language created in 1887
by Polish oculist Ludwik Lejzer Zamenhof,
and intended for use as an international second language.
Zamenhof's Fundamento de
Esperanto, published in 1905, give the introduction of the basic principles
of the language's structure and formation.
The vocabulary is created
from root words taken from Latin, Romance, and Germanic languages.
The number of Esperanto
speakers is estimated at more than one hundred thousand.
More than 30,000 books
have been published in Esperanto.
A declaration endorsed by the Esperanto movement in 1905 limits changes to
Esperanto principle. That declaration stated, amongst other things, that the
basis of the language should remain Fundamento de Esperanto ("Basis of
Esperanto", a work by Zamenhof), which is to be binding forever: nobody has
the right to make changes to it. The declaration also permits new concepts
to be expressed as the speaker sees fit, but it recommends doing so in
accordance with the original style. However, modern
Esperanto usage may in fact depart from that originally described in the
Fundamento. The translation given for "I like this one", in the phrases
below offers a significant example. According to the Fundamento,
Mi ŝatas ĉi tiun would in fact have meant "I esteem this one". The
traditional usage would instead have been Ĉi tiu plaĉas al mi
(literally, "this one is pleasing to me"), which, although it differs from
phrasing in "I like this one", more closely reflects the phrasing in several
other languages (e.g.
French celui-ci me plaît,
Spanish éste me gusta,
Russian это мне нравится [eto mnye
German Dieses gefällt mir).
Esperantists have formed many words to express concepts which have arisen
more recently, but where possible these have indeed conformed to the
existing style of the language. For example, "computer" is komputilo, (using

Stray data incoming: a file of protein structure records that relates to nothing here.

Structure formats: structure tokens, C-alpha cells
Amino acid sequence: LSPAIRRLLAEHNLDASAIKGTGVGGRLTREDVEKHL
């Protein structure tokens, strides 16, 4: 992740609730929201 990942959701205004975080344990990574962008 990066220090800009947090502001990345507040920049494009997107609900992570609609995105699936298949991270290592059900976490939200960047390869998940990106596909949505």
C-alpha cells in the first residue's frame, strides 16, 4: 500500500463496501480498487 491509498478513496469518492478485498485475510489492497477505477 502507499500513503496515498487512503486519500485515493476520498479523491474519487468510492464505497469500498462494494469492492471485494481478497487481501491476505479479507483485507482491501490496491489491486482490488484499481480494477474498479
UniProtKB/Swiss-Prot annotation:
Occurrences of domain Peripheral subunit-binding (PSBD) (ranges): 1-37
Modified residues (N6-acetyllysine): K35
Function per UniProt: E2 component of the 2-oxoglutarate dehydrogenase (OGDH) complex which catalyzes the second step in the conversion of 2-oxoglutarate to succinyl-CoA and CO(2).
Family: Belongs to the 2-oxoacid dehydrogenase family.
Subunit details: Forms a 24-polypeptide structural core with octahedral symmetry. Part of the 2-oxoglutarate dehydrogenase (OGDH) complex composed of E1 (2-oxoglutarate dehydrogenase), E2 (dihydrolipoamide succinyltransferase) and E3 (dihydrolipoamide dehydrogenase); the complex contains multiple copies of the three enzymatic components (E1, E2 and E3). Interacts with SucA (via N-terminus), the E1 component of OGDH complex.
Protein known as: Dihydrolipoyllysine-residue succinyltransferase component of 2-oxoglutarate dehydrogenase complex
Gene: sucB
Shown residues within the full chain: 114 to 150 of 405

the suffix -il- meaning a tool). Eŭro (as in the above phrases) is another
good example: even though the currency is called Euro in all the European
Community's official languages which use a Latin script, in Esperanto Eŭro
was chosen because it better fits the pattern of the language.
Esperanto is not an official language of any country. However, it is the
official working language of several non-profit organizations, mostly
No new languages or dialects have formed through fragmentation of Esperanto
as they do in natural languages, due mainly to the regular nature of the
language and its intended field of use. People tend to create slang forms
and regional variants in the language(s) they use day to day, rather than
those used primarily for intercommunication with different-language
speakers; in the case of Esperanto, such variations, if heavily different
from the official Fundamento version, would make universal comprehension
less likely and negate the intended purpose of the language.
There is also evidence that studying Esperanto before studying any other
second language (especially an Indo-European language) speeds and improves
learning, because learning subsequent foreign languages is easier than
learning one's first, while the use of a grammatically simple auxiliary
language lessens the "first foreign language" learning hurdle. In one study
(Williams 1965), a group of high school students studied Esperanto for one
French for three years, and ended up with a better command of
French than the control group, who studied
French without Esperanto during
all four years. However, the study failed to prove that Esperanto was
responsible for this advantage specifically. It is likely that learning any
language will benefit the future study of other languages.